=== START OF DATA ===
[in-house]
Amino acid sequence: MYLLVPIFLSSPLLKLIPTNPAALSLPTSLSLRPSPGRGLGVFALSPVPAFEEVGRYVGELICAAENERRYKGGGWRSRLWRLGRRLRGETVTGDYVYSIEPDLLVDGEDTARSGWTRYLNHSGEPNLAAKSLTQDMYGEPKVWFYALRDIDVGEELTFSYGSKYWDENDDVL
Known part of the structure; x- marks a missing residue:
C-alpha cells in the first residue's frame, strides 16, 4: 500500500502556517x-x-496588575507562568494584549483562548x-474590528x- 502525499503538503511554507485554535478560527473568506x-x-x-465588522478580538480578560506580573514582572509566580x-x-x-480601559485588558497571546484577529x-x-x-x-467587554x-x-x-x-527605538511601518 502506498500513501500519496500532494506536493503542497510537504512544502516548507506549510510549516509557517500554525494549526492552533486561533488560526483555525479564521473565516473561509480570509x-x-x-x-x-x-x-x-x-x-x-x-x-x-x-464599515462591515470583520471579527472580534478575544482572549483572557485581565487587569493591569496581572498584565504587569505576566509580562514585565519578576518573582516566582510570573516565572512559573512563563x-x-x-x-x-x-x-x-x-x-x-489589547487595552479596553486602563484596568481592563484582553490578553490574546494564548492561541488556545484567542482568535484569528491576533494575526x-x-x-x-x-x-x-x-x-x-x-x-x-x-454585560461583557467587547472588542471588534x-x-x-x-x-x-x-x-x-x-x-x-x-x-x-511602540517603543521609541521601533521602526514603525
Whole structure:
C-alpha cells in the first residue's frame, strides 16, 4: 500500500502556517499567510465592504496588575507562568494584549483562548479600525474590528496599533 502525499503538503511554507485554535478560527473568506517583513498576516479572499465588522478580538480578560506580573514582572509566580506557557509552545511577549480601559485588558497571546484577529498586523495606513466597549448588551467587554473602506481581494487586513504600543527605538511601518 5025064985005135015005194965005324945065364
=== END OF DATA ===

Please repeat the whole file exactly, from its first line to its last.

[in-house]
Amino acid sequence: MYLLVPIFLSSPLLKLIPTNPAALSLPTSLSLRPSPGRGLGVFALSPVPAFEEVGRYVGELICAAENERRYKGGGWRSRLWRLGRRLRGETVTGDYVYSIEPDLLVDGEDTARSGWTRYLNHSGEPNLAAKSLTQDMYGEPKVWFYALRDIDVGEELTFSYGSKYWDENDDVL
Known part of the structure; x- marks a missing residue:
C-alpha cells in the first residue's frame, strides 16, 4: 500500500502556517x-x-496588575507562568494584549483562548x-474590528x- 502525499503538503511554507485554535478560527473568506x-x-x-465588522478580538480578560506580573514582572509566580x-x-x-480601559485588558497571546484577529x-x-x-x-467587554x-x-x-x-527605538511601518 502506498500513501500519496500532494506536493503542497510537504512544502516548507506549510510549516509557517500554525494549526492552533486561533488560526483555525479564521473565516473561509480570509x-x-x-x-x-x-x-x-x-x-x-x-x-x-x-464599515462591515470583520471579527472580534478575544482572549483572557485581565487587569493591569496581572498584565504587569505576566509580562514585565519578576518573582516566582510570573516565572512559573512563563x-x-x-x-x-x-x-x-x-x-x-489589547487595552479596553486602563484596568481592563484582553490578553490574546494564548492561541488556545484567542482568535484569528491576533494575526x-x-x-x-x-x-x-x-x-x-x-x-x-x-454585560461583557467587547472588542471588534x-x-x-x-x-x-x-x-x-x-x-x-x-x-x-511602540517603543521609541521601533521602526514603525
Whole structure:
C-alpha cells in the first residue's frame, strides 16, 4: 500500500502556517499567510465592504496588575507562568494584549483562548479600525474590528496599533 502525499503538503511554507485554535478560527473568506517583513498576516479572499465588522478580538480578560506580573514582572509566580506557557509552545511577549480601559485588558497571546484577529498586523495606513466597549448588551467587554473602506481581494487586513504600543527605538511601518 5025064985005135015005194965005324945065364